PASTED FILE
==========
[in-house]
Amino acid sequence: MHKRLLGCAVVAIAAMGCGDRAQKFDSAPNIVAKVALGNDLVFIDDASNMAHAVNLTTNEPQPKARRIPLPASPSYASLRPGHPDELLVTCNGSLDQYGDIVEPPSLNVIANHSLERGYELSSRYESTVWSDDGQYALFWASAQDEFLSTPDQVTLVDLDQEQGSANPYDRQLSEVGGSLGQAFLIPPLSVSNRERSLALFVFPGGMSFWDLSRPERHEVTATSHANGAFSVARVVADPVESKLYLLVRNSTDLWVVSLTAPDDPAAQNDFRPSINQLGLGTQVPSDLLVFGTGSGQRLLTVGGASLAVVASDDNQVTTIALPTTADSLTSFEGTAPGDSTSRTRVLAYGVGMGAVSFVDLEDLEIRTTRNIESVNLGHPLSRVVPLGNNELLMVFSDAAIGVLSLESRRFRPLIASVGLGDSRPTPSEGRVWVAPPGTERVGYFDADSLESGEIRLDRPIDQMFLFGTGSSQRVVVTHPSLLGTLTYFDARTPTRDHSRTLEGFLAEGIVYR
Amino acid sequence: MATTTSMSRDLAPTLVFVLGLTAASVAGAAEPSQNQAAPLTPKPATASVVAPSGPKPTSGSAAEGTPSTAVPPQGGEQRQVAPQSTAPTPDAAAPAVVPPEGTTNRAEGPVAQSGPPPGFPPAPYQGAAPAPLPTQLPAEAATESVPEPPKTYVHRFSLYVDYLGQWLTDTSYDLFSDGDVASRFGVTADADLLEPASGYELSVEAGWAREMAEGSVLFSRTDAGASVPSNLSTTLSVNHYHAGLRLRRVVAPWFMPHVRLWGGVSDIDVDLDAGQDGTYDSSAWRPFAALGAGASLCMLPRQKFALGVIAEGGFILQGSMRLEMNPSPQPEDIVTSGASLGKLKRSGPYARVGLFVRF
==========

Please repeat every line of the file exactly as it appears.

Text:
[in-house]
Amino acid sequence: MHKRLLGCAVVAIAAMGCGDRAQKFDSAPNIVAKVALGNDLVFIDDASNMAHAVNLTTNEPQPKARRIPLPASPSYASLRPGHPDELLVTCNGSLDQYGDIVEPPSLNVIANHSLERGYELSSRYESTVWSDDGQYALFWASAQDEFLSTPDQVTLVDLDQEQGSANPYDRQLSEVGGSLGQAFLIPPLSVSNRERSLALFVFPGGMSFWDLSRPERHEVTATSHANGAFSVARVVADPVESKLYLLVRNSTDLWVVSLTAPDDPAAQNDFRPSINQLGLGTQVPSDLLVFGTGSGQRLLTVGGASLAVVASDDNQVTTIALPTTADSLTSFEGTAPGDSTSRTRVLAYGVGMGAVSFVDLEDLEIRTTRNIESVNLGHPLSRVVPLGNNELLMVFSDAAIGVLSLESRRFRPLIASVGLGDSRPTPSEGRVWVAPPGTERVGYFDADSLESGEIRLDRPIDQMFLFGTGSSQRVVVTHPSLLGTLTYFDARTPTRDHSRTLEGFLAEGIVYR
Amino acid sequence: MATTTSMSRDLAPTLVFVLGLTAASVAGAAEPSQNQAAPLTPKPATASVVAPSGPKPTSGSAAEGTPSTAVPPQGGEQRQVAPQSTAPTPDAAAPAVVPPEGTTNRAEGPVAQSGPPPGFPPAPYQGAAPAPLPTQLPAEAATESVPEPPKTYVHRFSLYVDYLGQWLTDTSYDLFSDGDVASRFGVTADADLLEPASGYELSVEAGWAREMAEGSVLFSRTDAGASVPSNLSTTLSVNHYHAGLRLRRVVAPWFMPHVRLWGGVSDIDVDLDAGQDGTYDSSAWRPFAALGAGASLCMLPRQKFALGVIAEGGFILQGSMRLEMNPSPQPEDIVTSGASLGKLKRSGPYARVGLFVRF